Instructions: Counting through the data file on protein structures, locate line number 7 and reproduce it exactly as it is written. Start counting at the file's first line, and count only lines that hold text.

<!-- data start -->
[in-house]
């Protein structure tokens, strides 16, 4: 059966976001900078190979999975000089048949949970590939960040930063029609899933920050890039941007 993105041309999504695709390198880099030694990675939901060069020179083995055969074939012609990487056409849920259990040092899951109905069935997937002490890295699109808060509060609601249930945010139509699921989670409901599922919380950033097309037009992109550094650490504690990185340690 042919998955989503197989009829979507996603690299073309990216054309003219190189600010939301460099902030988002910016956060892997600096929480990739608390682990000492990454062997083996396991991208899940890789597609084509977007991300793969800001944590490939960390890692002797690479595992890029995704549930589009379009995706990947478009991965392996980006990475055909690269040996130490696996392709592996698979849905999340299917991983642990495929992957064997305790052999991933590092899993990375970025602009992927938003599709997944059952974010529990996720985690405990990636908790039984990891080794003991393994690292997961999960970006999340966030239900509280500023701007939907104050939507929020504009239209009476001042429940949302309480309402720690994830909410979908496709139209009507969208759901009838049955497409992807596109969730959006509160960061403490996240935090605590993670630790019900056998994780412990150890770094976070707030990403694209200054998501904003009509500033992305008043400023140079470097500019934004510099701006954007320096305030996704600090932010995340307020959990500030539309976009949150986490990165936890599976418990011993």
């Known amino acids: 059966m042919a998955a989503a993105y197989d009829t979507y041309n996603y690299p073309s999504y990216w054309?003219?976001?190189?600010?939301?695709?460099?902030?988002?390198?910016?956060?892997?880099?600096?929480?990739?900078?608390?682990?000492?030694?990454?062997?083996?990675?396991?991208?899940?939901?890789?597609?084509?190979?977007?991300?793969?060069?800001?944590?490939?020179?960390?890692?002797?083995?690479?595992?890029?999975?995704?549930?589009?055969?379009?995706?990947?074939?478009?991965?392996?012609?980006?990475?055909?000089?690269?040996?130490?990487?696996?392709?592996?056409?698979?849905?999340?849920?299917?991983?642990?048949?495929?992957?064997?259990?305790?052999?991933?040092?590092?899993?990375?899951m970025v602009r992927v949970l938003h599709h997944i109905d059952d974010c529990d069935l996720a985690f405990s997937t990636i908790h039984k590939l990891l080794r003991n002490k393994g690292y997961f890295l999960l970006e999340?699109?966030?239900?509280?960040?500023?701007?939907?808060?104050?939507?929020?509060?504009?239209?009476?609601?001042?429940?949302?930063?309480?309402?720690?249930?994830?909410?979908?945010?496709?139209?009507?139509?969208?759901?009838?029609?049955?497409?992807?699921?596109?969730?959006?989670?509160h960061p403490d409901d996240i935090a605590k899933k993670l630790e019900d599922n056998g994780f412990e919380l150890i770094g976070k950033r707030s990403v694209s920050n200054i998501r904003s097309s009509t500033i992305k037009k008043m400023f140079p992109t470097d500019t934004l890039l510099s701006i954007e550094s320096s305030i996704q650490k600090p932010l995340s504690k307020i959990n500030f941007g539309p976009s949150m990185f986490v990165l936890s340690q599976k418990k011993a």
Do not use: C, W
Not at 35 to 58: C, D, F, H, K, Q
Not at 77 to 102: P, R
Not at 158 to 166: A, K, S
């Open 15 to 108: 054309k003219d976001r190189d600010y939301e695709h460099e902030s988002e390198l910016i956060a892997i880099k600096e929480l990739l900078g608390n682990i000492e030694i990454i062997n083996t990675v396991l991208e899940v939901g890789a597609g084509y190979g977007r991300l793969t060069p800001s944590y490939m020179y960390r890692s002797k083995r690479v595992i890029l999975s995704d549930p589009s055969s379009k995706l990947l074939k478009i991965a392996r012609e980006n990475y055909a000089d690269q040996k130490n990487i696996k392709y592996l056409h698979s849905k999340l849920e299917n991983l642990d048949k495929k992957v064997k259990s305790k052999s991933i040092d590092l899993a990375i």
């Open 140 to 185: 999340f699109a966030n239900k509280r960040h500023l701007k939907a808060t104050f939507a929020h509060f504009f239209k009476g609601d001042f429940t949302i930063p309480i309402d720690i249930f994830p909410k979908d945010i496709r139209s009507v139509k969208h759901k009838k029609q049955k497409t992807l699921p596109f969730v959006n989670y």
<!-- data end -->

Not at 158 to 166: A, K, S